But Mohammad’s statements deal not only with the supply of weapons, but also with the provision of training to him and his fellow militants. In their case, the training reportedly took place at secret centers set up inside Yemen by Iran and Hezbollah. But to whatever extent the Iranian Revolutionary Guard Corps is directly participating in the Yemeni Civil War, it is also training its own fighters domestically for foreign relations. And the phenomenon is much more pronounced in the Syrian Civil War, with regard to which Iranian media has boasted that devout Shiites have sought to join the IRGC in order to “defend holy sites” in Syria.
International reporting has also provided extensive details regarding IRGC recruitment from Afghan refugee communities in Iran, and from Shiite communities in Afghanistan and Iran. All of this recruitment requires a functional pathway for smuggling of fighters and arms. Some of smuggling has historically been accomplished by re-purposing Iran’s commercial aircraft. And this re-purposing stands to be made easier and relatively seamless if the barriers to travel throughout the region are reduced in line with Tehran’s ambitions.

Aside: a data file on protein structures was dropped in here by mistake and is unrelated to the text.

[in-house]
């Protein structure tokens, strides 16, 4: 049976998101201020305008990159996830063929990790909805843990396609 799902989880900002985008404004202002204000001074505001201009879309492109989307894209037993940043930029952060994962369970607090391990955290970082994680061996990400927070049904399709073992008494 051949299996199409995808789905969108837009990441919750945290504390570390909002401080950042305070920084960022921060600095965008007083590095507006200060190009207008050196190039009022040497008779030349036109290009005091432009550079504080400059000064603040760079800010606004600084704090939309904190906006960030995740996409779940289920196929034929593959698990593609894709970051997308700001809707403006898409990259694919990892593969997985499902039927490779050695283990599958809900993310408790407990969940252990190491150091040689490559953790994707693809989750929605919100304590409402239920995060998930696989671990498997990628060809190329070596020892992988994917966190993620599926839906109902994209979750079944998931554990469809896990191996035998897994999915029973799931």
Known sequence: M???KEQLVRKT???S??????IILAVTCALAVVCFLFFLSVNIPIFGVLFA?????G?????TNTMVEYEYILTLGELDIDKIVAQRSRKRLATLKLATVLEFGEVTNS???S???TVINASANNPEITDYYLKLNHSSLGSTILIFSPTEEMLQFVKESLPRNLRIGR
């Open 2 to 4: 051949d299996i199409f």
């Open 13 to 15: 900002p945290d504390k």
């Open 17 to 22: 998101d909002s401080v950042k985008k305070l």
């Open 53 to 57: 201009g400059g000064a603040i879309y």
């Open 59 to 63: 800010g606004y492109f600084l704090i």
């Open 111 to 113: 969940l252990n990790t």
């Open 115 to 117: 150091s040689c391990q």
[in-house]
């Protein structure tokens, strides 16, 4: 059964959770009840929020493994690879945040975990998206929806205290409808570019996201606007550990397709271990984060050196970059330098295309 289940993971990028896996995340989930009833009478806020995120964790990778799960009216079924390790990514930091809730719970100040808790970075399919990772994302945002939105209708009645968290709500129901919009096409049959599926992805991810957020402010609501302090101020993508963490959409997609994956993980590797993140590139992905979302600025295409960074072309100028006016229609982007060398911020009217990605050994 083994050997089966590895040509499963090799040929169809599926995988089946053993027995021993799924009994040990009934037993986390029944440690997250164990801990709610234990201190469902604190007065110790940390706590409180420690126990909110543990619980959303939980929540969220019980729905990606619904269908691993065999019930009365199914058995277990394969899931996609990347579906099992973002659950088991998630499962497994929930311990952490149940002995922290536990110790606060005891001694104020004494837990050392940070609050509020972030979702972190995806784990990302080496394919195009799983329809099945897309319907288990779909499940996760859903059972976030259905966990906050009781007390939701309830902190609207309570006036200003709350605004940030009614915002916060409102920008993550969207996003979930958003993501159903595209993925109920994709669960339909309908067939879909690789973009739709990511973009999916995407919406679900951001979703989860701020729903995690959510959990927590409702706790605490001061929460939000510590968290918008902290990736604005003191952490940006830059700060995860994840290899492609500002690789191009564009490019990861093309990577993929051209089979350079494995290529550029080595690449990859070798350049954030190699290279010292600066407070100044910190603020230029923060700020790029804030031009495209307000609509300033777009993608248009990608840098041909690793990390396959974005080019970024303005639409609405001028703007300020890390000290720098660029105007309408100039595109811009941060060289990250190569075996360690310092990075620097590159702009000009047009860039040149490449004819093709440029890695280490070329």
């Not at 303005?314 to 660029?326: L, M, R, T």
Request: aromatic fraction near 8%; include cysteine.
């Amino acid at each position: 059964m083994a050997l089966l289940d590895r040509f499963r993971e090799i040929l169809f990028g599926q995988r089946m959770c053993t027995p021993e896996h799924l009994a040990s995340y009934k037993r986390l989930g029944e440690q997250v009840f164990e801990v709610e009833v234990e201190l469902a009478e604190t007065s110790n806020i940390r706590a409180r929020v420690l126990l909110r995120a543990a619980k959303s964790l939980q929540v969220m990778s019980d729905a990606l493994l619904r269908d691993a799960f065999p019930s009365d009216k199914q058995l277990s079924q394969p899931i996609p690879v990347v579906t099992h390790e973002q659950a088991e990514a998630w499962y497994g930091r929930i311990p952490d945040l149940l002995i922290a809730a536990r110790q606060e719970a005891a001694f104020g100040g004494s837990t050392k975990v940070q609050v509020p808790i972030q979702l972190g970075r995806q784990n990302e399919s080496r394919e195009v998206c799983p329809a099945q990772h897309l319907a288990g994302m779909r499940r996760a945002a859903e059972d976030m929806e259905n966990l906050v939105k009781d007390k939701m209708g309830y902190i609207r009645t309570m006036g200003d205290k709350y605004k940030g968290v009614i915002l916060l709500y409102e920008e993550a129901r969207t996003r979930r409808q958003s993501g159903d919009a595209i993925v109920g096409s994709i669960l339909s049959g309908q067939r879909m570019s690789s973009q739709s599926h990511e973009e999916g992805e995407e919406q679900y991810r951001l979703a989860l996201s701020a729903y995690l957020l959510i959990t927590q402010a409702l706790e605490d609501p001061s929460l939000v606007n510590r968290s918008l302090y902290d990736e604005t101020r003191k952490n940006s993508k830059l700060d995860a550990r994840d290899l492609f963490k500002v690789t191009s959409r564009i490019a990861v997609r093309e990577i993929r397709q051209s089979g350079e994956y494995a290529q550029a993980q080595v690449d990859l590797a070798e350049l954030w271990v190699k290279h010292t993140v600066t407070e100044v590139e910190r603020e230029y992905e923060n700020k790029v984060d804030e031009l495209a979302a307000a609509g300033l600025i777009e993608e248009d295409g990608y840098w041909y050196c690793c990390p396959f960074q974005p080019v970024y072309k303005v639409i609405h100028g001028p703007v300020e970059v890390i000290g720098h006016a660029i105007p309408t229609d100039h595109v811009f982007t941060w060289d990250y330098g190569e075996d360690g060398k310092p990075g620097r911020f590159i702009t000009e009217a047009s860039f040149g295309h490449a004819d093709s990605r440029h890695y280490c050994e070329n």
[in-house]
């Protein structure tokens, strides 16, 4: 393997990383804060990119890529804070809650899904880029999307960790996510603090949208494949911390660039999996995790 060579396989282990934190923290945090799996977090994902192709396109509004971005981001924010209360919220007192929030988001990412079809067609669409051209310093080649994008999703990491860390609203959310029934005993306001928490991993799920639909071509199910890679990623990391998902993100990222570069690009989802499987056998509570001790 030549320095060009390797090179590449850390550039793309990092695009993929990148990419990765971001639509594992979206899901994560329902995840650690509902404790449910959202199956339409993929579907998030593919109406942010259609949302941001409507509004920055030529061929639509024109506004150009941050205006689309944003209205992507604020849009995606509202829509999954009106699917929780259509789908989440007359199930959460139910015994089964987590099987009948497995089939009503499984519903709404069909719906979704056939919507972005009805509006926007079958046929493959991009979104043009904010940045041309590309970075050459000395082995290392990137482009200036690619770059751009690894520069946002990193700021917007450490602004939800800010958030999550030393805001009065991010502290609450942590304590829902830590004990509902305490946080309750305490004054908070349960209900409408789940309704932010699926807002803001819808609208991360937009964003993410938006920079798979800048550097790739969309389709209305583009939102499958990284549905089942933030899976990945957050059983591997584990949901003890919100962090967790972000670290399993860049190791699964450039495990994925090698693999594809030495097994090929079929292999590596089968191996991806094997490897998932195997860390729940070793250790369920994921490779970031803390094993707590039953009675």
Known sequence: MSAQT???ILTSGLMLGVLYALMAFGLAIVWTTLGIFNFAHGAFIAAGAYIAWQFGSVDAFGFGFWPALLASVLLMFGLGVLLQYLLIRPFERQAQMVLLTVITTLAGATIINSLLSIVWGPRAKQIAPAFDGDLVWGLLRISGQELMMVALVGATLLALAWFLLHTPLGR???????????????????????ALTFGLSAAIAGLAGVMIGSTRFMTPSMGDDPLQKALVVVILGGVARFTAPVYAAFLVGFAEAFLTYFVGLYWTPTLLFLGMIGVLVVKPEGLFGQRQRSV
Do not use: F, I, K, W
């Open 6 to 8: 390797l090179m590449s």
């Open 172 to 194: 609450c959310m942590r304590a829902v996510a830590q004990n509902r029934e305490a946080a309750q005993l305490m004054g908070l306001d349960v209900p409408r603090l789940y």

It remains to be seen how the international community might attempt to restrict illicit travel, especially as the pace of that travel increases. But in the meantime, Iran’s regional adversaries are certainly engaged in efforts to reduce the influence of Iran-backed and Iran-trained militants, by way of either overt of covert conflict. Among overt actions are those taken by Saudi Arabia, which formed a coalition of Arab countries soon after the outbreak of civil war in Yemen, with the express purpose of fighting back against the Houthi rebels and their foreign supporters.
On the more covert side of this issue are unconfirmed strikes by Israel, which is worried that the expansion of Iranian traffic and influence in Syria is giving a permanent foothold there to anti-Israeli terrorist group Hezbollah. A report by The Tower recently concluded that a strike last week on a military airport near Damascus was likely carried out by Israeli in order to prevent Iranian-made missiles from reaching Hezbollah fighters contributing to the IRGC-led defense of Syrian dictator Bashar al-Assad.